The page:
Ask a Question
Notify Me On Question Update
Email this Question
I have beautiful hosta and fern plants growing outside. How do I protect them so they will survive the winter? Do I need to dig them up and bring them inside?
Rate This FAQ
Whether you need to dig up your hostas and ferns will depend on the specific variety of the plant. Most hostas and hardy ferns should not have to be dug up. Hostas are usually hardy from zones 3-8 or 9 and should be fine. As for the ferns, there is more of a range in hardiness zones, so even if they are considered to be hardy they may not be in our area. You will need to check on the specific types that you have and see what zone they are rated for. If your ferns are not the hardy variety they will usually not survive the winter outside and would need to be dug up and brought indoors. Below I have included a list of just a few of ferns that are considered to be hardy.
Common Name: Botanical Name:
Northern Maidenhair Adiantum pedatum
Spleenwort Asplenium trichomanes
Lady Fern Athyrium felix-femina
Japanese Painted Fern Athyrium nipponicum var. pictum
Leather Wood Fern Dryopteris marginalis
Ostrich Fern Matteuccia struthiopteris
Cinnamon Fern Osmunda cinnomomea
Christmas Fern Polystichum acrostichoides
Submit Your Suggestion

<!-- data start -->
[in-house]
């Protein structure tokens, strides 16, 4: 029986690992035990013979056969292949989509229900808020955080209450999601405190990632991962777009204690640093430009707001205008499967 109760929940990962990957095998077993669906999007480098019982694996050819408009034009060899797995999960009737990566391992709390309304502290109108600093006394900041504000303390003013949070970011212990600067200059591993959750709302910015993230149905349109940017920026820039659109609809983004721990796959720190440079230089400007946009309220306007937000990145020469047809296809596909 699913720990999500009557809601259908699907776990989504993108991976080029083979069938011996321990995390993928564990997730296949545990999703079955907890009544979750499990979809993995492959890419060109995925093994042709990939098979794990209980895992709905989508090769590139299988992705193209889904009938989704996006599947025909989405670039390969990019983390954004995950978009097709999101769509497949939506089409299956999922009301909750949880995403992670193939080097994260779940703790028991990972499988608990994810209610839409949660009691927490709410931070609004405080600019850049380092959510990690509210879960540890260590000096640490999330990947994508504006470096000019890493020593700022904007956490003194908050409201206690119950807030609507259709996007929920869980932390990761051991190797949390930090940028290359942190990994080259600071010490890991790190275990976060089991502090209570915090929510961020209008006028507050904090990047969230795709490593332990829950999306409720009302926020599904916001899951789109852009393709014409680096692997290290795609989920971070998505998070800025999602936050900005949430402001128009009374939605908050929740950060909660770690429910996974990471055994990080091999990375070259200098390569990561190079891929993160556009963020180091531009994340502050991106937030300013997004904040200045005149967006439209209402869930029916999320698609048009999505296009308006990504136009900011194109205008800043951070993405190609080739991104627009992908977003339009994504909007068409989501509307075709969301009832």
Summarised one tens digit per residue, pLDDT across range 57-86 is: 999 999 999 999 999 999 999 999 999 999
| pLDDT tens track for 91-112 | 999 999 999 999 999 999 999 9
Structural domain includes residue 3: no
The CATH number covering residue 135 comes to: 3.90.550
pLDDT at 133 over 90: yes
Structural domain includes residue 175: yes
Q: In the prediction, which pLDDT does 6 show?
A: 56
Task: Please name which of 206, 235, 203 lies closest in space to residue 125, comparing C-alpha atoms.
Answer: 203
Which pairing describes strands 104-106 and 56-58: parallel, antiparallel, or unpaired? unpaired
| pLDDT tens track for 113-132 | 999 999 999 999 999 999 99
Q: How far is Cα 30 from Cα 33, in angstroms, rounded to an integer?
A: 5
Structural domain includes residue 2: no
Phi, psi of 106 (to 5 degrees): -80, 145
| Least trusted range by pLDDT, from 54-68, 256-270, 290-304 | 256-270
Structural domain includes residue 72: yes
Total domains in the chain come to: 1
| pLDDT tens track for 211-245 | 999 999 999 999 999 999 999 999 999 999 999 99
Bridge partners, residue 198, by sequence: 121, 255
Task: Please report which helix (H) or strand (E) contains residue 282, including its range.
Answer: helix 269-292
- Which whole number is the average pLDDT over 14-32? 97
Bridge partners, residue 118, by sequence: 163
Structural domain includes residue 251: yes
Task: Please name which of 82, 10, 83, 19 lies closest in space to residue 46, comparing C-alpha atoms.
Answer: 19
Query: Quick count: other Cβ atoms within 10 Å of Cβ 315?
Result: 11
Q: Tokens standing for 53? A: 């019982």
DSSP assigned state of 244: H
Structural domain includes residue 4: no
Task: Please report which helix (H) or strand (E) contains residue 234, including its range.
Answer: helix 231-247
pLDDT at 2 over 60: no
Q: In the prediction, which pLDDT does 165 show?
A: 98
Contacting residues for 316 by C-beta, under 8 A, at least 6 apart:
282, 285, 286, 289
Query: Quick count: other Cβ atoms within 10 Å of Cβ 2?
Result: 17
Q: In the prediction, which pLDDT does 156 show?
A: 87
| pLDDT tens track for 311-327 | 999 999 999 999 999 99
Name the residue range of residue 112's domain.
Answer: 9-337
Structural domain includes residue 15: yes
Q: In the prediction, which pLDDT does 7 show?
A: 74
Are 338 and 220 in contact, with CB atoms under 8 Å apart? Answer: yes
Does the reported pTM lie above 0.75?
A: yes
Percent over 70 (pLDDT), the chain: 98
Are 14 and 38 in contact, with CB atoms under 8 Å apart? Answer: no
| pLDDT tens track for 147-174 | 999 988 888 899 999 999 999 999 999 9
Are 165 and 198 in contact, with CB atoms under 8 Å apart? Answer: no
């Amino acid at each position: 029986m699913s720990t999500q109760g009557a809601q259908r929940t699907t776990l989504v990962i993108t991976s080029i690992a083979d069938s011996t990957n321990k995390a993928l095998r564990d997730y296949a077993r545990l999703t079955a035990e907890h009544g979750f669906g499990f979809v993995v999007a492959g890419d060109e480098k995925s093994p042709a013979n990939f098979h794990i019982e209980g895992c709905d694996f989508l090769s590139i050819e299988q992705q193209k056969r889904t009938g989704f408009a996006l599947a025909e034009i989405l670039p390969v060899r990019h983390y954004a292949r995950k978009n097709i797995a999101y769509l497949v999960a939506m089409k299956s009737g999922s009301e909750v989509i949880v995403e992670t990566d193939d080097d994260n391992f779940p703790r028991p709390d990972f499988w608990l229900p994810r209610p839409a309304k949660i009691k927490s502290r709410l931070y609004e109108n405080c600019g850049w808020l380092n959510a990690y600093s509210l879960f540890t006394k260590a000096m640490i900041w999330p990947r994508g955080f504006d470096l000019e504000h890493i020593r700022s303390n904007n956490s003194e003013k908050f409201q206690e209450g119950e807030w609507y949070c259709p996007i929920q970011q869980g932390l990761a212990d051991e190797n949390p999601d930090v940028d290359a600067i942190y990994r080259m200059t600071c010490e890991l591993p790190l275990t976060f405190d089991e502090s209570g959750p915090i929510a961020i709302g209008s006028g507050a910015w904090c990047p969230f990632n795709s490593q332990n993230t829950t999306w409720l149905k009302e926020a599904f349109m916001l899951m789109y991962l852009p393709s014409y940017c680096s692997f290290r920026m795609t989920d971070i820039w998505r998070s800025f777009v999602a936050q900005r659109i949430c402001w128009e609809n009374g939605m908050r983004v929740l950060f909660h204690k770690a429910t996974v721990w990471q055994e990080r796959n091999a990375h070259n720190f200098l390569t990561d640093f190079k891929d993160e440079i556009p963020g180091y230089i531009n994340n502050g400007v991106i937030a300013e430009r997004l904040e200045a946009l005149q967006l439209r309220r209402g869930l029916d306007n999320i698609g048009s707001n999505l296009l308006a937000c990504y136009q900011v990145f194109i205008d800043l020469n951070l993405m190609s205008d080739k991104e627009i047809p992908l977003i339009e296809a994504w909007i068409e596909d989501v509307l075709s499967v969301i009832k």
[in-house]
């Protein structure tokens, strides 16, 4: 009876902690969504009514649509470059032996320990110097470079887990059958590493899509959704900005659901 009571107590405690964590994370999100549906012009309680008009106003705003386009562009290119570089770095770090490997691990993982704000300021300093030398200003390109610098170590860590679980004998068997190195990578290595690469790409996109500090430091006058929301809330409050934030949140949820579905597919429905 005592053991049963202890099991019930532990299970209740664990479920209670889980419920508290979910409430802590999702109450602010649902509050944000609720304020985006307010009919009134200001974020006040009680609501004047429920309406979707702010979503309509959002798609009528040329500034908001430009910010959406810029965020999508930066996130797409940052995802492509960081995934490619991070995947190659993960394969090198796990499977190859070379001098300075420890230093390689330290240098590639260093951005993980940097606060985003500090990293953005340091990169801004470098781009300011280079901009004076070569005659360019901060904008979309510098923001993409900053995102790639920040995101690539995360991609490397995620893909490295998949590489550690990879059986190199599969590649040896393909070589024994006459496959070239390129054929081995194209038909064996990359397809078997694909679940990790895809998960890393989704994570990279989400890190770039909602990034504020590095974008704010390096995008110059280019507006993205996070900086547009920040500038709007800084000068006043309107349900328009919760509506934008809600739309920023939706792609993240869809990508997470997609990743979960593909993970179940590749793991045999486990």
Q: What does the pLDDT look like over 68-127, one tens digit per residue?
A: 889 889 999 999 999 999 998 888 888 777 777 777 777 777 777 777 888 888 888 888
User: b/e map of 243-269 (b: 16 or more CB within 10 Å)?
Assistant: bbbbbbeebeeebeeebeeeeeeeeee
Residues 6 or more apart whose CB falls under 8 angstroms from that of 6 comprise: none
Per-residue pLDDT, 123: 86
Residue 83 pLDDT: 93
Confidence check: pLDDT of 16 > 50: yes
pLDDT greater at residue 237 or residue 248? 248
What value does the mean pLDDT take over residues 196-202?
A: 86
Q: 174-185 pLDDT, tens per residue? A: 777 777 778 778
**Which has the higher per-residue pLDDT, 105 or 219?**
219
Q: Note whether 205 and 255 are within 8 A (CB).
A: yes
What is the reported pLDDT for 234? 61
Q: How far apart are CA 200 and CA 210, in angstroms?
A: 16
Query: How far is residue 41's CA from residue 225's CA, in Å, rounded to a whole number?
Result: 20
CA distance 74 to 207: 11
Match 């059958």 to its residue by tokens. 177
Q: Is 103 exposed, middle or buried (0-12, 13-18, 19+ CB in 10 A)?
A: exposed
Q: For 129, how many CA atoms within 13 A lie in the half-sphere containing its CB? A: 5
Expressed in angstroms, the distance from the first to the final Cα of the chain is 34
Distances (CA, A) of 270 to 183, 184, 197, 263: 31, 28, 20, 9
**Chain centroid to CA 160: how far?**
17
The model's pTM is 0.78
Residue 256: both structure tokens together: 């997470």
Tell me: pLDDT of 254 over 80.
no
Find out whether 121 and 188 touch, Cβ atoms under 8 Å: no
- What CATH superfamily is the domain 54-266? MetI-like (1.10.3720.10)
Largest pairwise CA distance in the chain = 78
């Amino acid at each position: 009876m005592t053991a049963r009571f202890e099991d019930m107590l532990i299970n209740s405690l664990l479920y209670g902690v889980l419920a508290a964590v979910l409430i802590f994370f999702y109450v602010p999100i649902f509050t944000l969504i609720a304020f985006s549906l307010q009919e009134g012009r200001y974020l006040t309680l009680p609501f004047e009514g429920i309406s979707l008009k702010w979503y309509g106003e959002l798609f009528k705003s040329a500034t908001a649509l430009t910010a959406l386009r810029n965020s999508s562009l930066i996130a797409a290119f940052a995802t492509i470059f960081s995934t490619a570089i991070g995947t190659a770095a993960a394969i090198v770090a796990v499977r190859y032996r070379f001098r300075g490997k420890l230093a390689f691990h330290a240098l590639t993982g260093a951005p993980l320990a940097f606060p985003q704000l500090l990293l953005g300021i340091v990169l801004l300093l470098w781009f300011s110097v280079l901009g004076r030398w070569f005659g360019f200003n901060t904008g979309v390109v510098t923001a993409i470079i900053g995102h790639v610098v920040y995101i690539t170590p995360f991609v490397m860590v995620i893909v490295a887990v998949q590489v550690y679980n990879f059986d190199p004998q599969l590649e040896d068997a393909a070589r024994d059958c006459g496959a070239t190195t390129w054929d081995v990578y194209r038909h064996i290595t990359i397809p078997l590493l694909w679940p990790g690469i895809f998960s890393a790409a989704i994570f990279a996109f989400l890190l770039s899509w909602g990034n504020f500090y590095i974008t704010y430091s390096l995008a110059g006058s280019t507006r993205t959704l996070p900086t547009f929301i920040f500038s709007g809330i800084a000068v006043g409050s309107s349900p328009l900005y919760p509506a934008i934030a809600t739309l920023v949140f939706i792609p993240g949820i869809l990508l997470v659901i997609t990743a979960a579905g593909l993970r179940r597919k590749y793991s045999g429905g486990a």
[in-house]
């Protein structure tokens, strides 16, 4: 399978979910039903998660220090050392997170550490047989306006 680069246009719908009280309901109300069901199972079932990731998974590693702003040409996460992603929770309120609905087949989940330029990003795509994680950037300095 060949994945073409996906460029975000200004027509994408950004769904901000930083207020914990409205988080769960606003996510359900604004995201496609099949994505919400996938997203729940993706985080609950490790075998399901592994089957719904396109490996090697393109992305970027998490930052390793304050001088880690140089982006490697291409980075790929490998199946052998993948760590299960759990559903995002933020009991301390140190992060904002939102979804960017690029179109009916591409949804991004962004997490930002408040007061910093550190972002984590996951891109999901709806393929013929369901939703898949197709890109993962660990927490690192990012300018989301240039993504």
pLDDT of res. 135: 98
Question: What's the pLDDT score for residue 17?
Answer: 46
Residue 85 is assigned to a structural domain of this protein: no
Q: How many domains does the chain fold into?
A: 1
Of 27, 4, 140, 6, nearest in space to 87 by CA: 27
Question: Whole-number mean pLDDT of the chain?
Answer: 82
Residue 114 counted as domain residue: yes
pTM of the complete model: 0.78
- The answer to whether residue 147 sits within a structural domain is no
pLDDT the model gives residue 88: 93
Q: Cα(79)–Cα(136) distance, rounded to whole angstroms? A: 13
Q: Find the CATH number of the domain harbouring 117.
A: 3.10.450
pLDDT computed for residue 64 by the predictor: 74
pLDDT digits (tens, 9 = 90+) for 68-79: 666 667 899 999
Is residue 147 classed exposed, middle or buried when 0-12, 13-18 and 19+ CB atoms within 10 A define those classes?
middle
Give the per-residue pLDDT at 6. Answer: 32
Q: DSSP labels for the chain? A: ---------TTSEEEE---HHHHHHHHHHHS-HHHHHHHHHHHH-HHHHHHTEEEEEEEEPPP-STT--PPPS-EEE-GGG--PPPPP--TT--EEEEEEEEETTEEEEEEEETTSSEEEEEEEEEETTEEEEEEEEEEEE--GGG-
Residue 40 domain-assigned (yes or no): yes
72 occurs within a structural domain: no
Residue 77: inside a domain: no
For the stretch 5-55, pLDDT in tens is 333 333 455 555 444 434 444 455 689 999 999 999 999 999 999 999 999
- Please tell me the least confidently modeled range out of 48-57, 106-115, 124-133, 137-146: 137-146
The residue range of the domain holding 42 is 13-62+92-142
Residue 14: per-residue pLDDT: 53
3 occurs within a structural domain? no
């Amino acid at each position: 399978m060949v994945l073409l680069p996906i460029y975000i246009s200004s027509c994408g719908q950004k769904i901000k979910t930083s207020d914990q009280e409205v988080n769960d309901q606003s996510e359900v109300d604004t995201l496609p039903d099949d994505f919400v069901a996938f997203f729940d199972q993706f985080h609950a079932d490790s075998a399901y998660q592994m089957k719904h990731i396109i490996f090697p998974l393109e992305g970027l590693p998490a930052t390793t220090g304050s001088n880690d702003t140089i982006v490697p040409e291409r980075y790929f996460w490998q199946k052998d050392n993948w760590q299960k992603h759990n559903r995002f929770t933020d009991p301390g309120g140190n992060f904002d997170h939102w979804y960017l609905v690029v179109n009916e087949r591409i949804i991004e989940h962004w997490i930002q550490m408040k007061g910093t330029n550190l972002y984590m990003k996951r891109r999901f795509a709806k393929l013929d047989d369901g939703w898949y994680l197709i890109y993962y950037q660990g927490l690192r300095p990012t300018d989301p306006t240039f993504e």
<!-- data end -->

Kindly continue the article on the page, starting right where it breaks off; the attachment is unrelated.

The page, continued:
Other Questions In This Topic
- In the vegetable fact sheets it make watering suggestions such as "water 1-2" per week" how much water is 1-2" per week? Also, Can I use blood meal for nitrogen to side dress tender plants?
- We bought a house with horrible "goat head thorn" problem, all summer we have been pulling them out and collecting the thorny seeds as much as we can. We are now looking to plant grass seed. And are wondering what seed with grow faster than the goat heads, do well with high traffic (2 dogs) and in a semi shady area?
- Do you have the names of companies or individuals who spray fruit trees in the spring and summer to prevent bugs and disease?
- I have Morning glory though out my established lawn, how can I get rid of it?
- We currently have an elm tree in our front yard. It has been diagnosed with slime flux. We would like to plant another tree next to it,seeing as they said the stump was so big that they would just leave it. Will this cause a problem for any other trees? We want another large shade tree. Will it get the slime flux too if we plant it near it?
- I had to cut down a large Globe Willow tree in my back yard as it was growing into the power line. I have heard that it is dangerous to burn the wood from a Globe Willow in a fireplace as it emits toxic fumes. Is this true?
- Where can I buy a kumquat tree in Utah? Will it survive living outdoors in SLC?
- I would like to have a live, potted evergreen as my Christmas tree, and then plant it in my yard. Must the decorated tree remain outside? What species of tree would you recommend?